The Board of directors of the African Development Bank Group has approved financing for the Emergency Food Production Program in Liberia thus paving the way for government to support farmers to increase climate resilient food production and mitigate the impact of the ongoing war in Ukraine.
The Board approved a grant of $2.28 million and a loan of $2.84 million from the Bank’s Transition Support Facility, on 22 November 2022.
Agriculture is a major sector in Liberia’s economy, contributing about 26% to GDP. The major crops are rubber, rice, cassava, bananas and palm oil. Cassava and rice are the primary staple food crops. However, overall agricultural productivity is low.
The is due to factors such as weak basic infrastructure such as farm equipment, inadequate farm-to-market roads, limited application of fertilizers and pesticides, inadequate food storage capacity, as well as civil conflict during 1989-2003 and the Ebola outbreak of 2014-2015.
Liberia imports about 80% of its rice, making the country vulnerable to international food price volatility. The country has faced chronic food insecurity and severe nutritional deficits due to a range of challenges including extreme poverty and endemic inefficiencies in the country’s food and agricultural systems.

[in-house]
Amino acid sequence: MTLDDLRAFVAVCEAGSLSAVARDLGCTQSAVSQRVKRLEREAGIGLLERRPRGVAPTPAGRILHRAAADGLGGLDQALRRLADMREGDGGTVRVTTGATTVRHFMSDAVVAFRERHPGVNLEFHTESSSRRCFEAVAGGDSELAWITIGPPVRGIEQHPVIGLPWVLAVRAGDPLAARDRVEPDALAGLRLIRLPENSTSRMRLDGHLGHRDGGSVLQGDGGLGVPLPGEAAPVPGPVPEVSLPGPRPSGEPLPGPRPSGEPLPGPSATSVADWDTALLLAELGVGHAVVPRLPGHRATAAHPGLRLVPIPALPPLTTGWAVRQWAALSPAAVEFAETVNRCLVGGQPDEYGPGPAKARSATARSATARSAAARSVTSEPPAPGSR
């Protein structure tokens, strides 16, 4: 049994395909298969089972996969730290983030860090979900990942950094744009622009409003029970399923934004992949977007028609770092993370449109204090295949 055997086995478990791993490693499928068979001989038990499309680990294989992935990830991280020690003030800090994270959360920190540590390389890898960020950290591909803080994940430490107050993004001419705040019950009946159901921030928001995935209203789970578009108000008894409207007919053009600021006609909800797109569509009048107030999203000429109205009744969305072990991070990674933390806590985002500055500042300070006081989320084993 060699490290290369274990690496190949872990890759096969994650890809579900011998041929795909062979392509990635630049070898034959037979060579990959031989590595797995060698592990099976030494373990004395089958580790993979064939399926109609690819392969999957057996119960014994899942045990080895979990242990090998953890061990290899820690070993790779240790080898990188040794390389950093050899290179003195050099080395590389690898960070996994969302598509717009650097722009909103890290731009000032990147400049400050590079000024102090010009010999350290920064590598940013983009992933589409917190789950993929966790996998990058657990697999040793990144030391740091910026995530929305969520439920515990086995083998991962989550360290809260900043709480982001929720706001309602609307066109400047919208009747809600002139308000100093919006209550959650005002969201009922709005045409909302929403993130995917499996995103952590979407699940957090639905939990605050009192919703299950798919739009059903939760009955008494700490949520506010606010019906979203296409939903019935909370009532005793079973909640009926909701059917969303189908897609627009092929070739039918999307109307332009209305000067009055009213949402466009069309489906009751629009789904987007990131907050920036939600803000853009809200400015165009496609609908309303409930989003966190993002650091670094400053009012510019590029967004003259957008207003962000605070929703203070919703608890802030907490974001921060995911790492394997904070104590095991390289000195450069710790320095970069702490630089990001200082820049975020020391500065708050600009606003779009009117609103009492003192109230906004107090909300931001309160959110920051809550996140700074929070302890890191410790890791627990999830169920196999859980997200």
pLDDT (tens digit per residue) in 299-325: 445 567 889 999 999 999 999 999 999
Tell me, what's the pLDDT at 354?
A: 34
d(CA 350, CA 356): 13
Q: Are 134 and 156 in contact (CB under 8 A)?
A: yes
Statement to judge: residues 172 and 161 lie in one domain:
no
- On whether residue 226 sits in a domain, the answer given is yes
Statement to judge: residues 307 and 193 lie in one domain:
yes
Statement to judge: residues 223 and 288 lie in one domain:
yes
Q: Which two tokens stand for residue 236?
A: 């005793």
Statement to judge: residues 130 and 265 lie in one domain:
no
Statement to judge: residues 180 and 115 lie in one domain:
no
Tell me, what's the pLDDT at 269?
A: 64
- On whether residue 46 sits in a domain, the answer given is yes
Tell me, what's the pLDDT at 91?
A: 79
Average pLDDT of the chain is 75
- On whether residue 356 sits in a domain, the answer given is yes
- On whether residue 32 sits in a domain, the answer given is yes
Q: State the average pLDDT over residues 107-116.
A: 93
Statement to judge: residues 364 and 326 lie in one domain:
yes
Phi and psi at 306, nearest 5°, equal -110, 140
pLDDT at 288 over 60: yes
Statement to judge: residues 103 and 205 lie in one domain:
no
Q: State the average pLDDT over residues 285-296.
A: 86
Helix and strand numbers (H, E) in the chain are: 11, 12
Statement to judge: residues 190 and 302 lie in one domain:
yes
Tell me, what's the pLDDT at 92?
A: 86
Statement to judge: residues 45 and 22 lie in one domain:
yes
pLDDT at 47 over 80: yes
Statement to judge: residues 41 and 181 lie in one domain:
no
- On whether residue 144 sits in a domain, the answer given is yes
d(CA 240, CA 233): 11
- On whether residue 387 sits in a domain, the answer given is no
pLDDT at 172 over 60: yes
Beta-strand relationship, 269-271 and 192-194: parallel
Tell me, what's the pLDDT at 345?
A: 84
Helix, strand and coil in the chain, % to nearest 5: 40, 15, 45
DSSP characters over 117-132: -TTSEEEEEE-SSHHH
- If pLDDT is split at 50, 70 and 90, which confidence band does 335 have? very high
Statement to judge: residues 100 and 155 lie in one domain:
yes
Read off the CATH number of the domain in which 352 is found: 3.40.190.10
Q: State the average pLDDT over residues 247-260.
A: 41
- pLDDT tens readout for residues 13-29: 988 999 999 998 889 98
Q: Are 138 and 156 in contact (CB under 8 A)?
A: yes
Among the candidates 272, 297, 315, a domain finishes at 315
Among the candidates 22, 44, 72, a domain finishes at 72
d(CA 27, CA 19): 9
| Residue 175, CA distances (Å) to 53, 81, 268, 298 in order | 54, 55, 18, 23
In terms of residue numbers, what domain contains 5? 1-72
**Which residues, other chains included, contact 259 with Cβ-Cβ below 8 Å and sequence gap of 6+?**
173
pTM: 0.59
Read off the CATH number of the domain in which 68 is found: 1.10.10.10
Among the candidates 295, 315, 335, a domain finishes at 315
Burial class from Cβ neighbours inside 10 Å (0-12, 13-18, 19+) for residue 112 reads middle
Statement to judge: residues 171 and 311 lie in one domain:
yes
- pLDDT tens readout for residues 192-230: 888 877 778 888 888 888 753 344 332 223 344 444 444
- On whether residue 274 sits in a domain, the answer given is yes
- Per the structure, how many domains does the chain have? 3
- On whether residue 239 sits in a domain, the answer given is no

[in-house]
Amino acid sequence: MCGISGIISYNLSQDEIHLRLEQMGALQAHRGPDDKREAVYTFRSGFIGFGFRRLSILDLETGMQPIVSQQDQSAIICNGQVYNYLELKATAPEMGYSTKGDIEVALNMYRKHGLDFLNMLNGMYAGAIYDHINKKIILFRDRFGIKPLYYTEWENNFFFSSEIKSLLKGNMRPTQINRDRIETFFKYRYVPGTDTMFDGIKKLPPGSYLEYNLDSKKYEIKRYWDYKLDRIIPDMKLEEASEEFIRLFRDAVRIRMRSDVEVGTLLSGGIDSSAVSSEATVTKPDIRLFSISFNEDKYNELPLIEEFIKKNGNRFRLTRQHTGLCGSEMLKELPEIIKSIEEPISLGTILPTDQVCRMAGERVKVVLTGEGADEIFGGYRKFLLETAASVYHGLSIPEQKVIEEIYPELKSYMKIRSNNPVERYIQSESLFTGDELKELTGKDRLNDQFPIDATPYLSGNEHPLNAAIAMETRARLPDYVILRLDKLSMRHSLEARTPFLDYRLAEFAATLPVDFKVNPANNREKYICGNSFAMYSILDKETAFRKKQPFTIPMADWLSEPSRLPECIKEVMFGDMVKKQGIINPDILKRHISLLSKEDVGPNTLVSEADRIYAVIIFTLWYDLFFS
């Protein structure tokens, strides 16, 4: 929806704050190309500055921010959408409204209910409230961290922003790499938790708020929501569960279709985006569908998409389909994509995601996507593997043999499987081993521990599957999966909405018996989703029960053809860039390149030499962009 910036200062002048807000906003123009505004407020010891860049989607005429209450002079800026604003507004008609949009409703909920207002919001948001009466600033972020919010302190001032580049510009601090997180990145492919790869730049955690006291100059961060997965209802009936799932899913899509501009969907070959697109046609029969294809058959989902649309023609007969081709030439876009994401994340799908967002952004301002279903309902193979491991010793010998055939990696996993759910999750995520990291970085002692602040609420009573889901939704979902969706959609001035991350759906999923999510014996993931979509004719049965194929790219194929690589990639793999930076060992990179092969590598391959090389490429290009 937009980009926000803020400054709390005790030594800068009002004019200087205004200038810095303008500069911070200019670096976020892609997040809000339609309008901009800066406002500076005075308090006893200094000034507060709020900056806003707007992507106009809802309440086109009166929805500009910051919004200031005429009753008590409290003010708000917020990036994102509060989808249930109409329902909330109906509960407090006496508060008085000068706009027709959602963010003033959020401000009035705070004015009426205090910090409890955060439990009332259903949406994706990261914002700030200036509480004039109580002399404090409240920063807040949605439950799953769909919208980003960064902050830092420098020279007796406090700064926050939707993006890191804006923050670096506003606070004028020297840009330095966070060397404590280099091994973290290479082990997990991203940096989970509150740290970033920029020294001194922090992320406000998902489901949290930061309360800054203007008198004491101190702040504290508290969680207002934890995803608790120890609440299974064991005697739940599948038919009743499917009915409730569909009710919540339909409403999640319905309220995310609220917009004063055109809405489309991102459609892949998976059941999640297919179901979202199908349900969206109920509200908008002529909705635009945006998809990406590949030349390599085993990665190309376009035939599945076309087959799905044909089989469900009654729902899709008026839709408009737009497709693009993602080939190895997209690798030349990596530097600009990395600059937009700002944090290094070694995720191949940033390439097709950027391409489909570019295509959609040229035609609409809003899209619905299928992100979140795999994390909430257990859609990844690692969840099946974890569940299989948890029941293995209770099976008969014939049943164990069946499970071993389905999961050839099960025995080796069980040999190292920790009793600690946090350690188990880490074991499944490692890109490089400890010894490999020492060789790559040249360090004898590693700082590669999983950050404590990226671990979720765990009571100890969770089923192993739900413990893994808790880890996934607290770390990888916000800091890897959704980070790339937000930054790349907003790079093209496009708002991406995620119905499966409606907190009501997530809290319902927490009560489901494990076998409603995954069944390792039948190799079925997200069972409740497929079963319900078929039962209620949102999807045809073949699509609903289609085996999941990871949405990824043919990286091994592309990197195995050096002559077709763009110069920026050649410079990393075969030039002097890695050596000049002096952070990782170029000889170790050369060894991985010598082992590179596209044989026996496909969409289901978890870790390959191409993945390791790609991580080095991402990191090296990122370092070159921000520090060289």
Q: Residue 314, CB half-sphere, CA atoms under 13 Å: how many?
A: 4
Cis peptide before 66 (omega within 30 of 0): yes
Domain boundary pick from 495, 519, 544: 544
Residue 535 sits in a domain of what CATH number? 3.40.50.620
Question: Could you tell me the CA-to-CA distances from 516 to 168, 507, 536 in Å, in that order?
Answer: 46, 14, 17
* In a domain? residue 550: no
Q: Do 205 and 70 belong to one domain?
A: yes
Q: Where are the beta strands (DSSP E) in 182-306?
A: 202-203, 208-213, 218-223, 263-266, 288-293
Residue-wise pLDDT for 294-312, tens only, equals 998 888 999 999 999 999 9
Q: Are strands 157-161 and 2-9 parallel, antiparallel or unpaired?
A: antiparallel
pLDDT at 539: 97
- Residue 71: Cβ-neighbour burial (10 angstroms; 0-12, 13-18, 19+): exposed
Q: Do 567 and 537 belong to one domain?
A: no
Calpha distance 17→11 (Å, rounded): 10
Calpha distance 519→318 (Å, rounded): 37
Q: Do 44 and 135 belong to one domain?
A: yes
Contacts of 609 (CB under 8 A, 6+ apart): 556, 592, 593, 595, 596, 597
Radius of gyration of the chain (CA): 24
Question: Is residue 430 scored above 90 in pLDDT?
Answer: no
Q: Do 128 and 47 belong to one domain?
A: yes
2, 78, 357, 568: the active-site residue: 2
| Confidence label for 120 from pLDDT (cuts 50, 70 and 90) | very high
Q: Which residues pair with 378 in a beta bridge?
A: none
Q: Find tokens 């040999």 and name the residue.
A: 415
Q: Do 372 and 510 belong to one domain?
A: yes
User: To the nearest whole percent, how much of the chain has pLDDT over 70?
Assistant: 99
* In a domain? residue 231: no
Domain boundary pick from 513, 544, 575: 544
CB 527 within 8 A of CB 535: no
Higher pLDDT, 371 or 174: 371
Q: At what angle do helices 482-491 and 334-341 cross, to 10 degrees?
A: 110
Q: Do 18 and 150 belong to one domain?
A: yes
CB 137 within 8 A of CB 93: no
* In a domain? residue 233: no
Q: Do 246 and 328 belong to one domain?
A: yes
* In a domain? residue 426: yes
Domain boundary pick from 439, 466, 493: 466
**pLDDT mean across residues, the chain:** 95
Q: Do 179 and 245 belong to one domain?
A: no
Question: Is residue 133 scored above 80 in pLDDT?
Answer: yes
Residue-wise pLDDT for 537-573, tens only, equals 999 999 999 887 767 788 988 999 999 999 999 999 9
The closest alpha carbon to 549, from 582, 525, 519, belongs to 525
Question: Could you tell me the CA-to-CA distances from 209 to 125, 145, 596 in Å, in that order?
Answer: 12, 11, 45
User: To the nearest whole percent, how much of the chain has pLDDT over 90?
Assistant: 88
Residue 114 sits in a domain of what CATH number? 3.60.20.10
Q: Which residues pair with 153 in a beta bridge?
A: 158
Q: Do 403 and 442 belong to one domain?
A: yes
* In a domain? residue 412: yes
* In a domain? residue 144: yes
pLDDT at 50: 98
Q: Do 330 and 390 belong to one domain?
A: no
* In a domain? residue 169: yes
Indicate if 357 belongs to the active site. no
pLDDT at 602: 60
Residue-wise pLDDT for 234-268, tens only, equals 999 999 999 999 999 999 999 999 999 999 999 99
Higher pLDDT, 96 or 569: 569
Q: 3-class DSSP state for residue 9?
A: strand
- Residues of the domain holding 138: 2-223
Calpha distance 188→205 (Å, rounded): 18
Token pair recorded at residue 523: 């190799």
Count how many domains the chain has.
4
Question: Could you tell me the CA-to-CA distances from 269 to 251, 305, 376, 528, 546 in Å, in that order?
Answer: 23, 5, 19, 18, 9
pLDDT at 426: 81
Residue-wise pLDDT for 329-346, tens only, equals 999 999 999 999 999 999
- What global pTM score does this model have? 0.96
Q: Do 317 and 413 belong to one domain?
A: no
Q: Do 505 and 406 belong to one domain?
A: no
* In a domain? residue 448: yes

Nearly 50% of Liberia s population is considered food insecure, and childhood malnutrition is persistent – 35% of children under 5 are stunted and 15% of them underweight.
The food production program in Liberia constitutes a sector budget support under the African Development Bank’s African Emergency Food Production Facility (AEFPF), which aims to increase climate resilient food production for Africa’s farmers in the wake of global shocks such as the war in Ukraine and rising fuel and fertilizer prices.
The African Emergency Food Production Facility will provide 20 million African smallholder farmers with certified seeds. It will increase access to agricultural fertilizers and enable them to rapidly produce 38 million tons of food – a $12 billion increase in food production in just two years.
The Liberia program, which will be implemented from 2022 to 2024, will enable the government to provide direct smart subsidies (that create incentives for private sector investment in the inputs market without distorting the market), to vulnerable farmers. The financing will also enable the government to facilitate farmers’ access to improved seeds and fertilizers.
“We welcome this timely and highly awaited approval, which will improve food and nutrition security in Liberia and the regulatory environment for climate-smart agriculture,” said Benedict Kanu, ADB Country Manager for Liberia.
Kanu added, “With healthy Liberians being arguably the greatest asset the country can have, hardly any other priority could be more pressing than addressing food insecurity to safeguard the calorie and nutrition needs of Liberians and protecting their human development.”
The African Emergency Food Production Facility has already benefited 26 countries in Africa with 26 programmes worth $1.257 billion.
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